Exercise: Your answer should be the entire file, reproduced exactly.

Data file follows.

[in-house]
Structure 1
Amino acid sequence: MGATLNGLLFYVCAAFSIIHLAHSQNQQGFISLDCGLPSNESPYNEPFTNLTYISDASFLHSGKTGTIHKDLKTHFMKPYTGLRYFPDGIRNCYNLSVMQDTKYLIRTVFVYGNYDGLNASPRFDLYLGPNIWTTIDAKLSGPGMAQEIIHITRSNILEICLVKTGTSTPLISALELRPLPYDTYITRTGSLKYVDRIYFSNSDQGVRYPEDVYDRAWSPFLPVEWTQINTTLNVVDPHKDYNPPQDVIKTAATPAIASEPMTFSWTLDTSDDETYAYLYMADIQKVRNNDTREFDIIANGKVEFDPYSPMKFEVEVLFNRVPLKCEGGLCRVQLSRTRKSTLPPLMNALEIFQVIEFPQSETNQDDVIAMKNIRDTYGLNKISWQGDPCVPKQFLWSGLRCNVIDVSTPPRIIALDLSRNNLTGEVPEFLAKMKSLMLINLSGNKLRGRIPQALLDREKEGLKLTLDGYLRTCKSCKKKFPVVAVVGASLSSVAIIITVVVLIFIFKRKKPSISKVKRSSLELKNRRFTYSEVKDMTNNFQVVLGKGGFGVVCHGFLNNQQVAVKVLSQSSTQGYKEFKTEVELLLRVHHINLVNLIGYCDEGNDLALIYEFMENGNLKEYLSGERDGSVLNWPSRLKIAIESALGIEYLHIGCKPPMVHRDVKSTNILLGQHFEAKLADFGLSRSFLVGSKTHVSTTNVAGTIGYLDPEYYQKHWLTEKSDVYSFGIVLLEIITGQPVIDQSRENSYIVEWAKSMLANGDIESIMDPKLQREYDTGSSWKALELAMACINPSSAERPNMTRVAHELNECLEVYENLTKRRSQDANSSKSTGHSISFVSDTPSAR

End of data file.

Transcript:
[in-house]
Structure 1
Amino acid sequence: MGATLNGLLFYVCAAFSIIHLAHSQNQQGFISLDCGLPSNESPYNEPFTNLTYISDASFLHSGKTGTIHKDLKTHFMKPYTGLRYFPDGIRNCYNLSVMQDTKYLIRTVFVYGNYDGLNASPRFDLYLGPNIWTTIDAKLSGPGMAQEIIHITRSNILEICLVKTGTSTPLISALELRPLPYDTYITRTGSLKYVDRIYFSNSDQGVRYPEDVYDRAWSPFLPVEWTQINTTLNVVDPHKDYNPPQDVIKTAATPAIASEPMTFSWTLDTSDDETYAYLYMADIQKVRNNDTREFDIIANGKVEFDPYSPMKFEVEVLFNRVPLKCEGGLCRVQLSRTRKSTLPPLMNALEIFQVIEFPQSETNQDDVIAMKNIRDTYGLNKISWQGDPCVPKQFLWSGLRCNVIDVSTPPRIIALDLSRNNLTGEVPEFLAKMKSLMLINLSGNKLRGRIPQALLDREKEGLKLTLDGYLRTCKSCKKKFPVVAVVGASLSSVAIIITVVVLIFIFKRKKPSISKVKRSSLELKNRRFTYSEVKDMTNNFQVVLGKGGFGVVCHGFLNNQQVAVKVLSQSSTQGYKEFKTEVELLLRVHHINLVNLIGYCDEGNDLALIYEFMENGNLKEYLSGERDGSVLNWPSRLKIAIESALGIEYLHIGCKPPMVHRDVKSTNILLGQHFEAKLADFGLSRSFLVGSKTHVSTTNVAGTIGYLDPEYYQKHWLTEKSDVYSFGIVLLEIITGQPVIDQSRENSYIVEWAKSMLANGDIESIMDPKLQREYDTGSSWKALELAMACINPSSAERPNMTRVAHELNECLEVYENLTKRRSQDANSSKSTGHSISFVSDTPSAR